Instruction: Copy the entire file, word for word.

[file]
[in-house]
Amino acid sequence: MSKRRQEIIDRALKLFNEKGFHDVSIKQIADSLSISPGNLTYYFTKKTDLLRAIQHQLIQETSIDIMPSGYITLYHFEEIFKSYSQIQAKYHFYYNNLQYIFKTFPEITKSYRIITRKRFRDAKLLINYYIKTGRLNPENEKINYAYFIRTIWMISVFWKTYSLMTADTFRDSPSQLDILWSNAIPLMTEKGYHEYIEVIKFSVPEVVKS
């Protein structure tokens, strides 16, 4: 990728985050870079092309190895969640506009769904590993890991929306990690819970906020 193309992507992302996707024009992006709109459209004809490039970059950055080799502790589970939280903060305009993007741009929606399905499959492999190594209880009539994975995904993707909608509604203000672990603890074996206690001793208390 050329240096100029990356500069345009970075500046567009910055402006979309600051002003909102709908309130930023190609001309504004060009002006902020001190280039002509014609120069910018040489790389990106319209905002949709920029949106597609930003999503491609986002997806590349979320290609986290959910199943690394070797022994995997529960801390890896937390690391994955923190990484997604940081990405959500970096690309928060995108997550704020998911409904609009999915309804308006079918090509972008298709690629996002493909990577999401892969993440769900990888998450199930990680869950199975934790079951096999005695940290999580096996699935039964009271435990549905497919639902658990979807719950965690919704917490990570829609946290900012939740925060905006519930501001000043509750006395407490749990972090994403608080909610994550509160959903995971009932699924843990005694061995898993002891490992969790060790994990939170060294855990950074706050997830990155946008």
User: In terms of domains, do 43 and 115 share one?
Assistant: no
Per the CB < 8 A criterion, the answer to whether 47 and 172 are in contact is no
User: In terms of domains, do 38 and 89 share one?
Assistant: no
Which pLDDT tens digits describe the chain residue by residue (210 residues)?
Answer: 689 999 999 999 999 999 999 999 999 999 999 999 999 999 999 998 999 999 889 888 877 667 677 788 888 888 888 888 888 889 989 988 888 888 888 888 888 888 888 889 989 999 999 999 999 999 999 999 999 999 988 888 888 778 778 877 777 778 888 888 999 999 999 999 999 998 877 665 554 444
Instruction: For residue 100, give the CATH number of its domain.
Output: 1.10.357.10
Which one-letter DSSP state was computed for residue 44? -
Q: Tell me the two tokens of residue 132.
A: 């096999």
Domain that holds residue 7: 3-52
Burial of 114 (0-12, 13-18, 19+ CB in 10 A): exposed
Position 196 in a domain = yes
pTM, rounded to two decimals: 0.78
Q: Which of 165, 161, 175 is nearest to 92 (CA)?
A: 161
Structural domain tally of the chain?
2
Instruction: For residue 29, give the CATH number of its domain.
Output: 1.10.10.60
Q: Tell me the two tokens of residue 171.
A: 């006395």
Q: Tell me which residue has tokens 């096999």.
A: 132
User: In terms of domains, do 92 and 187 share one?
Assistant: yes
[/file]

[in-house]
Amino acid sequence: MSKRRQEIIDRALKLFNEKGFHDVSIKQIADSLSISPGNLTYYFTKKTDLLRAIQHQLIQETSIDIMPSGYITLYHFEEIFKSYSQIQAKYHFYYNNLQYIFKTFPEITKSYRIITRKRFRDAKLLINYYIKTGRLNPENEKINYAYFIRTIWMISVFWKTYSLMTADTFRDSPSQLDILWSNAIPLMTEKGYHEYIEVIKFSVPEVVKS
């Protein structure tokens, strides 16, 4: 990728985050870079092309190895969640506009769904590993890991929306990690819970906020 193309992507992302996707024009992006709109459209004809490039970059950055080799502790589970939280903060305009993007741009929606399905499959492999190594209880009539994975995904993707909608509604203000672990603890074996206690001793208390 050329240096100029990356500069345009970075500046567009910055402006979309600051002003909102709908309130930023190609001309504004060009002006902020001190280039002509014609120069910018040489790389990106319209905002949709920029949106597609930003999503491609986002997806590349979320290609986290959910199943690394070797022994995997529960801390890896937390690391994955923190990484997604940081990405959500970096690309928060995108997550704020998911409904609009999915309804308006079918090509972008298709690629996002493909990577999401892969993440769900990888998450199930990680869950199975934790079951096999005695940290999580096996699935039964009271435990549905497919639902658990979807719950965690919704917490990570829609946290900012939740925060905006519930501001000043509750006395407490749990972090994403608080909610994550509160959903995971009932699924843990005694061995898993002891490992969790060790994990939170060294855990950074706050997830990155946008």
User: In terms of domains, do 43 and 115 share one?
Assistant: no
Per the CB < 8 A criterion, the answer to whether 47 and 172 are in contact is no
User: In terms of domains, do 38 and 89 share one?
Assistant: no
Which pLDDT tens digits describe the chain residue by residue (210 residues)?
Answer: 689 999 999 999 999 999 999 999 999 999 999 999 999 999 999 998 999 999 889 888 877 667 677 788 888 888 888 888 888 889 989 988 888 888 888 888 888 888 888 889 989 999 999 999 999 999 999 999 999 999 988 888 888 778 778 877 777 778 888 888 999 999 999 999 999 998 877 665 554 444
Instruction: For residue 100, give the CATH number of its domain.
Output: 1.10.357.10
Which one-letter DSSP state was computed for residue 44? -
Q: Tell me the two tokens of residue 132.
A: 């096999």
Domain that holds residue 7: 3-52
Burial of 114 (0-12, 13-18, 19+ CB in 10 A): exposed
Position 196 in a domain = yes
pTM, rounded to two decimals: 0.78
Q: Which of 165, 161, 175 is nearest to 92 (CA)?
A: 161
Structural domain tally of the chain?
2
Instruction: For residue 29, give the CATH number of its domain.
Output: 1.10.10.60
Q: Tell me the two tokens of residue 171.
A: 């006395």
Q: Tell me which residue has tokens 């096999």.
A: 132
User: In terms of domains, do 92 and 187 share one?
Assistant: yes